The exception to that rule seems to be running. Not all runners ran track or cross country, not all runners were on a team and just opted to keep at it. No, some of the most avid runners came to the sport later in life. Because of that, most runners have a story to tell. One that proves anyone can run, if they really want it bad enough.
When people see me and learn that my life is largely dictated by the sport of running, they’ll often say, “oh, you look like a runner.” I still have a hard time believing them, as this body didn’t always look like it could run and it did a lot more sitting than anything else.
Furthermore, I’m always asked, “who did you run for?”. The first time I was asked this, I stared blankly as I didn’t even know what the question meant. People assume I ran for a university. All of these statements occur because it only seems natural to people that someone like me had a hefty background in the sport.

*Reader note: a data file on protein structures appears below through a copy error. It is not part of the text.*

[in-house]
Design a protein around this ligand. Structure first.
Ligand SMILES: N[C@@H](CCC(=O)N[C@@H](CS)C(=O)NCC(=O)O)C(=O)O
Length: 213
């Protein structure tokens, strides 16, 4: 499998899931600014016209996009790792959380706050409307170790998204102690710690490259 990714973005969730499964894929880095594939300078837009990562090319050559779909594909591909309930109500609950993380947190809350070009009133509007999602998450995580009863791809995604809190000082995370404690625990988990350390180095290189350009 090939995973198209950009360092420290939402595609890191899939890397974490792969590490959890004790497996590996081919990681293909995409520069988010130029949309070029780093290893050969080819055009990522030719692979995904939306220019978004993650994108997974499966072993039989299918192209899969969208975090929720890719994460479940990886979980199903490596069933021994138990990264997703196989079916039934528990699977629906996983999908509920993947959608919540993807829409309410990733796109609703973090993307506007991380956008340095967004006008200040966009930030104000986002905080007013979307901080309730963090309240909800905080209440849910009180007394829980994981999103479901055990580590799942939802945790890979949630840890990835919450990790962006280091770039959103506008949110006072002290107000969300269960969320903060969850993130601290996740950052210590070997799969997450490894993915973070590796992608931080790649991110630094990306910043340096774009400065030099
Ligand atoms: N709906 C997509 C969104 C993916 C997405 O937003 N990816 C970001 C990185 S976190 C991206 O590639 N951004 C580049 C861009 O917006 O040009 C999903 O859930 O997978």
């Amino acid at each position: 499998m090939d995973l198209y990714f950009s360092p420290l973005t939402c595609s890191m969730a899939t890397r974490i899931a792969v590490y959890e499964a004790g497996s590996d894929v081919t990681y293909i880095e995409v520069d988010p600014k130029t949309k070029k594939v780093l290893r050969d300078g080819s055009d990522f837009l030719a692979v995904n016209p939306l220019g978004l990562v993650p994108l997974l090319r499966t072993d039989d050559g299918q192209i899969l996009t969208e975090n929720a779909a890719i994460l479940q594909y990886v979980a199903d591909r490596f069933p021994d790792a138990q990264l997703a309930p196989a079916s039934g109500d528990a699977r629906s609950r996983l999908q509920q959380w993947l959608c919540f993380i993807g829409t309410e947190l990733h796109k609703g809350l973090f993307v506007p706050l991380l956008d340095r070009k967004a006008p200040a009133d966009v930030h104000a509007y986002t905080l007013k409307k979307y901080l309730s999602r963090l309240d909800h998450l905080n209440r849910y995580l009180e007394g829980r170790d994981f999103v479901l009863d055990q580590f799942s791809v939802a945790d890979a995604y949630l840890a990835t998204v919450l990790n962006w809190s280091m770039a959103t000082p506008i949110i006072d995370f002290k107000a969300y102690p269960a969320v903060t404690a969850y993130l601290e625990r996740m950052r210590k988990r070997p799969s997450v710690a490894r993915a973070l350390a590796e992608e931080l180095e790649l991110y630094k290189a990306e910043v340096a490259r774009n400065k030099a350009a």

But, I didn’t. Not at all. Not even a little bit. That’s my favorite part of the story I get to tell these strangers.
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Long runs, any run over 90 minutes, are not your typical run. The goal of a long run is “time on your feet,” that is getting your body, especially your legs, used to running for 2-4 hours consistently and preparing for race day. To get the most benefits out of long runs requires advance planning. You want to carefully consider the route, hydration and fueling, clothing choices, safety, and transportation needs.
Although the most important aspect of these training runs is plain and simple – time on your feet – following the tips below will help you run your best on race day and feel great.